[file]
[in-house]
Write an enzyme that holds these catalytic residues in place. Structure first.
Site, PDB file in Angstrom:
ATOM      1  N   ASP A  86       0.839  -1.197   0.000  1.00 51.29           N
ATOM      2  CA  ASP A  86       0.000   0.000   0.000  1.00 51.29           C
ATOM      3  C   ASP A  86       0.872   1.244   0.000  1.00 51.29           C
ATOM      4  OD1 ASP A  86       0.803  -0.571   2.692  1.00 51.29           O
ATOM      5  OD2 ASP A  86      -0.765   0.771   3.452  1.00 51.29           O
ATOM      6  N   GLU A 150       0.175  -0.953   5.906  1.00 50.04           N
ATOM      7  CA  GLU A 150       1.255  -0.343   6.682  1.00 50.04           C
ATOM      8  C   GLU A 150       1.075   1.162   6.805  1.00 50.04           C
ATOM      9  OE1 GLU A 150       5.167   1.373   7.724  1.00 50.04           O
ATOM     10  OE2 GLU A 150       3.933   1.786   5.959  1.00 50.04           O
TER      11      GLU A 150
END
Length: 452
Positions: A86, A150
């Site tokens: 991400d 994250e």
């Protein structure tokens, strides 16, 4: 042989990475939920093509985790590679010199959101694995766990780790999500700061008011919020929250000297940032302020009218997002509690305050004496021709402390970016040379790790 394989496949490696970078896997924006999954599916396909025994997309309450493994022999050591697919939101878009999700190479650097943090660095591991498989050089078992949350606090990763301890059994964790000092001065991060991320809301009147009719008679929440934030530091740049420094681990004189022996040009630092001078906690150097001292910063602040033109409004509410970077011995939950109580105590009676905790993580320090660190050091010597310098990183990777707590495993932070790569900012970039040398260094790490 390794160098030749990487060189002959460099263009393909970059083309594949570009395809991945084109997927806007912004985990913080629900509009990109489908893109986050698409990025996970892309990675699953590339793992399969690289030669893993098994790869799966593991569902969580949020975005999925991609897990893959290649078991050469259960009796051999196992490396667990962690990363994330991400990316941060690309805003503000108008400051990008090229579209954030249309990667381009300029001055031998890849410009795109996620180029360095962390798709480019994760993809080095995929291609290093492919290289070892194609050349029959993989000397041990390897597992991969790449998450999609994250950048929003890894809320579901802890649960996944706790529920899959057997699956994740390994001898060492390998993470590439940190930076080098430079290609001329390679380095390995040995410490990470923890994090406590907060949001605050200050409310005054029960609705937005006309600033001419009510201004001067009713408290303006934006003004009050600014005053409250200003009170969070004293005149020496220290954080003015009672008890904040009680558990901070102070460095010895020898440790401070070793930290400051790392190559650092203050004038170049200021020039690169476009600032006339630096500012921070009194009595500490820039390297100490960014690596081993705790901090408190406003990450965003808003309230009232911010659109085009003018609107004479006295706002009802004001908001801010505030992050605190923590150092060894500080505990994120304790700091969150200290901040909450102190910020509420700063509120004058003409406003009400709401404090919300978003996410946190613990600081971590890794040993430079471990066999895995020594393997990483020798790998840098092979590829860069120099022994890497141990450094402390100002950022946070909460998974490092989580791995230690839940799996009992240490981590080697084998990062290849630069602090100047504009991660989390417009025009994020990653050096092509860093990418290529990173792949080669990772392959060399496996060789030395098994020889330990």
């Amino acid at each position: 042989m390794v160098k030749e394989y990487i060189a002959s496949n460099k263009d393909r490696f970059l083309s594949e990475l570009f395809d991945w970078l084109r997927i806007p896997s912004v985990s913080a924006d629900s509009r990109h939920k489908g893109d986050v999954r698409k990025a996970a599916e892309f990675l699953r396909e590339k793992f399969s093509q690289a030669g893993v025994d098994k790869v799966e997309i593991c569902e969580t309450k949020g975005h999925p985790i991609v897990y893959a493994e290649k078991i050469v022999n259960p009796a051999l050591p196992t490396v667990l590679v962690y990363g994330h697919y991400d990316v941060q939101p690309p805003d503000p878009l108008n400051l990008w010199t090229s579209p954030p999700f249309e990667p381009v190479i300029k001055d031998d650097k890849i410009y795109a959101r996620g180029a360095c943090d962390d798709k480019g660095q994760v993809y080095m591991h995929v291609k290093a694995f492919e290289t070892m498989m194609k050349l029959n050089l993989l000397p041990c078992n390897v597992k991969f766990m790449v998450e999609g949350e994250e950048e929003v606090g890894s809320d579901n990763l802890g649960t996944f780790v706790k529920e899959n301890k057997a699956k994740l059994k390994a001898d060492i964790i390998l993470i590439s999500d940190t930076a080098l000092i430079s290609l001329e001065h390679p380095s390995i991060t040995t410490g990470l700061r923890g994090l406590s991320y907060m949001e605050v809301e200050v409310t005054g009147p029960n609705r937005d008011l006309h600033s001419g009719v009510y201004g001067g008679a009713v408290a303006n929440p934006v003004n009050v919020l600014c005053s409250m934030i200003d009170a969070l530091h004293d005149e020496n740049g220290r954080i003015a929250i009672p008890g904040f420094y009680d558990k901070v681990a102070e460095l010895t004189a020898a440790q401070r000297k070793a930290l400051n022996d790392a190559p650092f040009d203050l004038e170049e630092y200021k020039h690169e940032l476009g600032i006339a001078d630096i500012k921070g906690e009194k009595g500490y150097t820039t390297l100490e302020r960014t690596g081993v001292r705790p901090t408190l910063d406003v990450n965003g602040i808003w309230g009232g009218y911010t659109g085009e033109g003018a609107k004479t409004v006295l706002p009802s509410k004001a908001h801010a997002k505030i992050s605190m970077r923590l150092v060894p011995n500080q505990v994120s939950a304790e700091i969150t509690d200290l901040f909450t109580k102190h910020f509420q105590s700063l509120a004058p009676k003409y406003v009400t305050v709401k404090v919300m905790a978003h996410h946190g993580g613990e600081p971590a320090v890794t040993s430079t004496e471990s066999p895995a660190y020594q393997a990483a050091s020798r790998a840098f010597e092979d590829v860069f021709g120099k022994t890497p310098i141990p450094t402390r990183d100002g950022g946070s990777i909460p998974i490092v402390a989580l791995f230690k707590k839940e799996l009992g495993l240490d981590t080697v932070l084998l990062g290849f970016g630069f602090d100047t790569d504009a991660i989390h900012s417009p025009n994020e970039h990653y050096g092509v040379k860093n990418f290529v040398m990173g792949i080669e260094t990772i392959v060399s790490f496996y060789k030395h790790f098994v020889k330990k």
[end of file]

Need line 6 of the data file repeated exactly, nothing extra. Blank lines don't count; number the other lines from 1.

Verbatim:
ATOM      3  C   ASP A  86       0.872   1.244   0.000  1.00 51.29           C